ROB SHAKER: Right. We try and remain fully invested, but we will actually increase our allocations time to time for some additional bond funds. And this is exactly the type of time where you’d want to be, for the long term, invested in closed-end funds. We don’t take a short-term approach, everything that we do is based on a long-term investment horizon. And the thought that when there is this sort of blood in the water and people are getting nervous, that is a time in which it really does make sense to look around, to find which of the things are babies thrown out with the bathwater, get yourself invested, and know that the longer term tailwind is there for you. And if you can make that right investment and just stay calm, and weather through any type of little bit of choppiness that comes along the way, that you’re going to do better than you would outside of a CEF investment.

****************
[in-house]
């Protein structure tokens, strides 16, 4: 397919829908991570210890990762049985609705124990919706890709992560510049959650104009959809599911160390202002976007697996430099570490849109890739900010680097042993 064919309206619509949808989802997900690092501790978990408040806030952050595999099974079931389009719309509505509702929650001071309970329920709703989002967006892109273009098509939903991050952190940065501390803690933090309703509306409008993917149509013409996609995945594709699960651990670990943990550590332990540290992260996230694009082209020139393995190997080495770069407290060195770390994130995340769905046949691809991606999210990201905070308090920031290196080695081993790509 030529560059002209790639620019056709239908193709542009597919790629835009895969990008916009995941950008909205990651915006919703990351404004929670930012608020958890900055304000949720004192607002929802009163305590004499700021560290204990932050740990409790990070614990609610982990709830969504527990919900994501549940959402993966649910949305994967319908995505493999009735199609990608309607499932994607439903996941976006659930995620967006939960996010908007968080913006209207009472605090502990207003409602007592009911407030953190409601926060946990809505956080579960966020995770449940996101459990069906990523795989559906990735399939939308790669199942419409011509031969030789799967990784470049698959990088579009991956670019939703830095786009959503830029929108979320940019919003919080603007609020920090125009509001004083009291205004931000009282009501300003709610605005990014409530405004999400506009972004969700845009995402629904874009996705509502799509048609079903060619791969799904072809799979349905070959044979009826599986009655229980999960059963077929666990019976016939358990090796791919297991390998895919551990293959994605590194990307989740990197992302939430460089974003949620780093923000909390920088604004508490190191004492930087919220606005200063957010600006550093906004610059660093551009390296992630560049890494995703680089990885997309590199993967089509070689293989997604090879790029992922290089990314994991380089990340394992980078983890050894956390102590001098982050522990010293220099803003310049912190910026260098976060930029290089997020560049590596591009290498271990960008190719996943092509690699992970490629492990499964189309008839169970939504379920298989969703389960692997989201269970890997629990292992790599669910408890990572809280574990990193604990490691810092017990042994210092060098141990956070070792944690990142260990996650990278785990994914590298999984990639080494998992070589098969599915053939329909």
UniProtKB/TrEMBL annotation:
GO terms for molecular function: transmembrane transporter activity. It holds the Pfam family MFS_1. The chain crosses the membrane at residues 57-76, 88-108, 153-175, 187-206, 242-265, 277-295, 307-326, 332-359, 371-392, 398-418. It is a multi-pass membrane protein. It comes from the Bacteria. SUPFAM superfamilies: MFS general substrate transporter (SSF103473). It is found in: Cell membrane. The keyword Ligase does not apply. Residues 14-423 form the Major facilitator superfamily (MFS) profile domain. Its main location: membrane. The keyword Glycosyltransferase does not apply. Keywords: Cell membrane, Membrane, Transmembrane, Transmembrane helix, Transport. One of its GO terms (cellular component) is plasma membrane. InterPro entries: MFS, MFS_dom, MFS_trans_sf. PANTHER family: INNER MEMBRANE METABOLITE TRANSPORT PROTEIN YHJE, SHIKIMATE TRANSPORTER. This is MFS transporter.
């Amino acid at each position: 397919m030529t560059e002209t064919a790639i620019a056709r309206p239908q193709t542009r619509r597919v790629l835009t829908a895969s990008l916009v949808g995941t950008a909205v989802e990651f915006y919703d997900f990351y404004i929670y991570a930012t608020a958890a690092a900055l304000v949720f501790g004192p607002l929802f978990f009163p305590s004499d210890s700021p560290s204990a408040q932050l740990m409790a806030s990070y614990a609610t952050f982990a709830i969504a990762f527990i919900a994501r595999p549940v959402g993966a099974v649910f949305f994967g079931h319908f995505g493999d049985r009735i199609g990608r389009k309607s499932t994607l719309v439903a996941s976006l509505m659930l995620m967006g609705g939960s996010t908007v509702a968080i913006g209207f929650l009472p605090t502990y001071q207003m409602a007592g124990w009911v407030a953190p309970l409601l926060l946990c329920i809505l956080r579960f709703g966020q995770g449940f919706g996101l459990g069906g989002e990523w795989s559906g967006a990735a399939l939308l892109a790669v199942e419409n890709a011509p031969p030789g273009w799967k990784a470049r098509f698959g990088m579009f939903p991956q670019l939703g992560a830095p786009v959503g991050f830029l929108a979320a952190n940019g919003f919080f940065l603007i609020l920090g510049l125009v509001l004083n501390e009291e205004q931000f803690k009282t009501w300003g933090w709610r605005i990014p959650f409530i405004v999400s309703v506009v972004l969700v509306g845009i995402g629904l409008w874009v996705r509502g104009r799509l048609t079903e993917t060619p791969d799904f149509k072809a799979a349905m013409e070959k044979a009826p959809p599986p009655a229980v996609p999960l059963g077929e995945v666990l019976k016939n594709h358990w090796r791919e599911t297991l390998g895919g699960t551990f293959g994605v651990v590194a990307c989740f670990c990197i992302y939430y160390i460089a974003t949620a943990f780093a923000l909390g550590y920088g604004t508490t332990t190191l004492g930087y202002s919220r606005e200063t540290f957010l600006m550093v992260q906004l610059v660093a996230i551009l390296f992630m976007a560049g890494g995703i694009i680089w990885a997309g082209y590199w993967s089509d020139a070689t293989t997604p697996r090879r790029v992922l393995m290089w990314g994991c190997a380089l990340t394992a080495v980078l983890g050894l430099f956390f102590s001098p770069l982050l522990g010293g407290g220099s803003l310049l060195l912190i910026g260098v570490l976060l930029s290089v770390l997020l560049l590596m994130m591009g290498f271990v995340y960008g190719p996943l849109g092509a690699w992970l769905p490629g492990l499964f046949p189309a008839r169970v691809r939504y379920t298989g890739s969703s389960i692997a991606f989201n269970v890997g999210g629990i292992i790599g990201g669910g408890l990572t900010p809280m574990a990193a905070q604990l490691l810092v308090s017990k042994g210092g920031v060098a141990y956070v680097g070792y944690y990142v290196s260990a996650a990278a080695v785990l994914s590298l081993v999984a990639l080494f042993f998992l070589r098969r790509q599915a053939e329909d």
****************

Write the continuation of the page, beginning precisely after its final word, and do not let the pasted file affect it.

CHUCK JAFFE: Rob, great stuff as always. I look forward to our next conversation as we see what’s happening with discounts in the market and more.

ROB SHAKER: You take care and enjoy your summer.

CHUCK JAFFE: The NAVigator is a joint production of the Active Investment Company Alliance and Money Life with Chuck Jaffe. And yes, that’s me, you can check out my hour-long weekday show on your favorite podcast app or by going to To learn more about interval funds, closed-end funds, and business-development companies go to, the website for the Active Investment Company Alliance. They’re on Facebook and LinkedIn @AICAlliance. Thanks to my guest Rob Shaker, portfolio manager at Shaker Financial Services, learn about him and the firm at The NAVigator podcast is new every Friday, ensure you don’t miss anything by following us on your favorite podcast app. And if you like us, we’d love to get a review because they really do help. Until we do this again next week, happy investing everybody.

Recorded on July 7, 2022